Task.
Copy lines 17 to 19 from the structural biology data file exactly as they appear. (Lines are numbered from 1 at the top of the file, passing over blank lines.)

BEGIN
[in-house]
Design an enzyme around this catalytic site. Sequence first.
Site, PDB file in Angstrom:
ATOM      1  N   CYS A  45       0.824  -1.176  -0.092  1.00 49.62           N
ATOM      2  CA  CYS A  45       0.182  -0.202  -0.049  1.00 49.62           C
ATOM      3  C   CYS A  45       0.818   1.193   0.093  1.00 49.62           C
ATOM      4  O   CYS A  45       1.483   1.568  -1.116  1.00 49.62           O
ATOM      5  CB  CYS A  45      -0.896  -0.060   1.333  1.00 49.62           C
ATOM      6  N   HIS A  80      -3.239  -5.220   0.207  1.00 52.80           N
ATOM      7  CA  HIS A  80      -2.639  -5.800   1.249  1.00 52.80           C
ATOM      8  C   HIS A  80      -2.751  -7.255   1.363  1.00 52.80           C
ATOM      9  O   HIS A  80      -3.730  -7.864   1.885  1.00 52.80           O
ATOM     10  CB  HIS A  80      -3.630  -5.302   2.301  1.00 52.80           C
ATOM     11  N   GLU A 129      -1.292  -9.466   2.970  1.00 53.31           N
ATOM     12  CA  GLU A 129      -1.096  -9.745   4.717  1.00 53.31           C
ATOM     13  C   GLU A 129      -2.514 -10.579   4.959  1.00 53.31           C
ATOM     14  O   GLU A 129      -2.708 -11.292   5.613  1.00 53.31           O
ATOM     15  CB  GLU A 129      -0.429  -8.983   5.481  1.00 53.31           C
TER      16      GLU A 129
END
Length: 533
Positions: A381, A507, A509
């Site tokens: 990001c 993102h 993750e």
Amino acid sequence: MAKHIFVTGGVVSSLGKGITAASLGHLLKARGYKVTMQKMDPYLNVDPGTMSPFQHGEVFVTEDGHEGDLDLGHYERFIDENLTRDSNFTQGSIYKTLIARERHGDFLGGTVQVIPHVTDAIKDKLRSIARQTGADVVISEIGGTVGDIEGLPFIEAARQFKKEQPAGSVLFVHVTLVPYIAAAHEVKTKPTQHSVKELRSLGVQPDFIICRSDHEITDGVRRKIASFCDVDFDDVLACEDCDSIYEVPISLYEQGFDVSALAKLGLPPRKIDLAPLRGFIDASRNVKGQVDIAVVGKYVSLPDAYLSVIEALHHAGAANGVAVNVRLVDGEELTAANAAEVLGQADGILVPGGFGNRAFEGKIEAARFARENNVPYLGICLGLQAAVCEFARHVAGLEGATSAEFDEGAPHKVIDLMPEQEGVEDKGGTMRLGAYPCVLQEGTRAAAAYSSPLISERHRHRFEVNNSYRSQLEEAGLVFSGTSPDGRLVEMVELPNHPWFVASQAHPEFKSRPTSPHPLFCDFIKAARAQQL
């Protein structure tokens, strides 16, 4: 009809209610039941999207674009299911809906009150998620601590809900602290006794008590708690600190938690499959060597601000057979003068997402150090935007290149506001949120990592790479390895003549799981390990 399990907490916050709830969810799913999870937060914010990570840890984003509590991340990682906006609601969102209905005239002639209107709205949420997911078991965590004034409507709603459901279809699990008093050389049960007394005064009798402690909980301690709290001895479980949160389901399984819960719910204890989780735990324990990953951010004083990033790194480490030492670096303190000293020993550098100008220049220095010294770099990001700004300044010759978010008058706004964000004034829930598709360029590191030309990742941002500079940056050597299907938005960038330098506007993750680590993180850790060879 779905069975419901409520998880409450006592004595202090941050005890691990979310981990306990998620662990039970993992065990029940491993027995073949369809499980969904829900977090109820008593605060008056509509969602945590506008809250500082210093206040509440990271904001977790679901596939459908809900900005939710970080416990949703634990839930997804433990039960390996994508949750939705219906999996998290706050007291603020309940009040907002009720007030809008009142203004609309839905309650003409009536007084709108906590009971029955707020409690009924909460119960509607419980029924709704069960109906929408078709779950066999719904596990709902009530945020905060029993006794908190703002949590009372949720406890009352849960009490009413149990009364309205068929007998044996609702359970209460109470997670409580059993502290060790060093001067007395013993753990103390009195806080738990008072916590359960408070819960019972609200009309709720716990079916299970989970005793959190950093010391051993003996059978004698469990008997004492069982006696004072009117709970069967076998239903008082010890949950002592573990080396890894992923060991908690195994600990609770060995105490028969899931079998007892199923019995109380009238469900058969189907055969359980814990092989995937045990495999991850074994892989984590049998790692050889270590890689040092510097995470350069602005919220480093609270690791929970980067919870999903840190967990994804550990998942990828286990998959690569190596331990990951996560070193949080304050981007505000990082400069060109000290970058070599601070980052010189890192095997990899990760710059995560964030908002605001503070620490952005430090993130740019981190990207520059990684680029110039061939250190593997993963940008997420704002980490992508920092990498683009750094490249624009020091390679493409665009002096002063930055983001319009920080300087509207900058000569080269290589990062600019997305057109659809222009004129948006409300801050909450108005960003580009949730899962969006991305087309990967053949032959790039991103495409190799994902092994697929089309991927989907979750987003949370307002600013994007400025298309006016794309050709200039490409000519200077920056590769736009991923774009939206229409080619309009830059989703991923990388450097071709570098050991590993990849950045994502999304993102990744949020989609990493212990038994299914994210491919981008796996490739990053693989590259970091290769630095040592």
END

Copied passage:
ATOM     14  O   GLU A 129      -2.708 -11.292   5.613  1.00 53.31           O
ATOM     15  CB  GLU A 129      -0.429  -8.983   5.481  1.00 53.31           C
TER      16      GLU A 129